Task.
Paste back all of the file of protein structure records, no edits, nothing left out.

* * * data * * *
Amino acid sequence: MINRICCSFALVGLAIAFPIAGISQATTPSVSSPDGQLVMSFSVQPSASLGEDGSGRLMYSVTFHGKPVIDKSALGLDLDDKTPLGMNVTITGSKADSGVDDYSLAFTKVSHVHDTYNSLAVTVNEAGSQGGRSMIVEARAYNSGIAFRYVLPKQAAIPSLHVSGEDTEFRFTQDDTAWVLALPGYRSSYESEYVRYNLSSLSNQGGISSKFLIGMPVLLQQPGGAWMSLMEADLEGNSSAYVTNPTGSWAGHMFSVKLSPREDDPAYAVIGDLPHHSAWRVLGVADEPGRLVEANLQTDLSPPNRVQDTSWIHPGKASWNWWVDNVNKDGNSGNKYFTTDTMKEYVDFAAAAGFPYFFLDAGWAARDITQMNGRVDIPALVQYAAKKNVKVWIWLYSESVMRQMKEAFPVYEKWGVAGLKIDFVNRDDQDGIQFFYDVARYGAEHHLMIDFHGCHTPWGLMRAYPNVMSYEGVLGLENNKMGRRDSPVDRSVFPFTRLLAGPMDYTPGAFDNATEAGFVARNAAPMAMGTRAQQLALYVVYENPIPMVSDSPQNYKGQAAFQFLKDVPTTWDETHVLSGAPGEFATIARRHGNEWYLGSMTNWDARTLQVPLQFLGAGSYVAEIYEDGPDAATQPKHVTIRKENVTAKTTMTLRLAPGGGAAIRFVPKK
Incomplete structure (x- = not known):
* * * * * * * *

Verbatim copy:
Amino acid sequence: MINRICCSFALVGLAIAFPIAGISQATTPSVSSPDGQLVMSFSVQPSASLGEDGSGRLMYSVTFHGKPVIDKSALGLDLDDKTPLGMNVTITGSKADSGVDDYSLAFTKVSHVHDTYNSLAVTVNEAGSQGGRSMIVEARAYNSGIAFRYVLPKQAAIPSLHVSGEDTEFRFTQDDTAWVLALPGYRSSYESEYVRYNLSSLSNQGGISSKFLIGMPVLLQQPGGAWMSLMEADLEGNSSAYVTNPTGSWAGHMFSVKLSPREDDPAYAVIGDLPHHSAWRVLGVADEPGRLVEANLQTDLSPPNRVQDTSWIHPGKASWNWWVDNVNKDGNSGNKYFTTDTMKEYVDFAAAAGFPYFFLDAGWAARDITQMNGRVDIPALVQYAAKKNVKVWIWLYSESVMRQMKEAFPVYEKWGVAGLKIDFVNRDDQDGIQFFYDVARYGAEHHLMIDFHGCHTPWGLMRAYPNVMSYEGVLGLENNKMGRRDSPVDRSVFPFTRLLAGPMDYTPGAFDNATEAGFVARNAAPMAMGTRAQQLALYVVYENPIPMVSDSPQNYKGQAAFQFLKDVPTTWDETHVLSGAPGEFATIARRHGNEWYLGSMTNWDARTLQVPLQFLGAGSYVAEIYEDGPDAATQPKHVTIRKENVTAKTTMTLRLAPGGGAAIRFVPKK
Incomplete structure (x- = not known):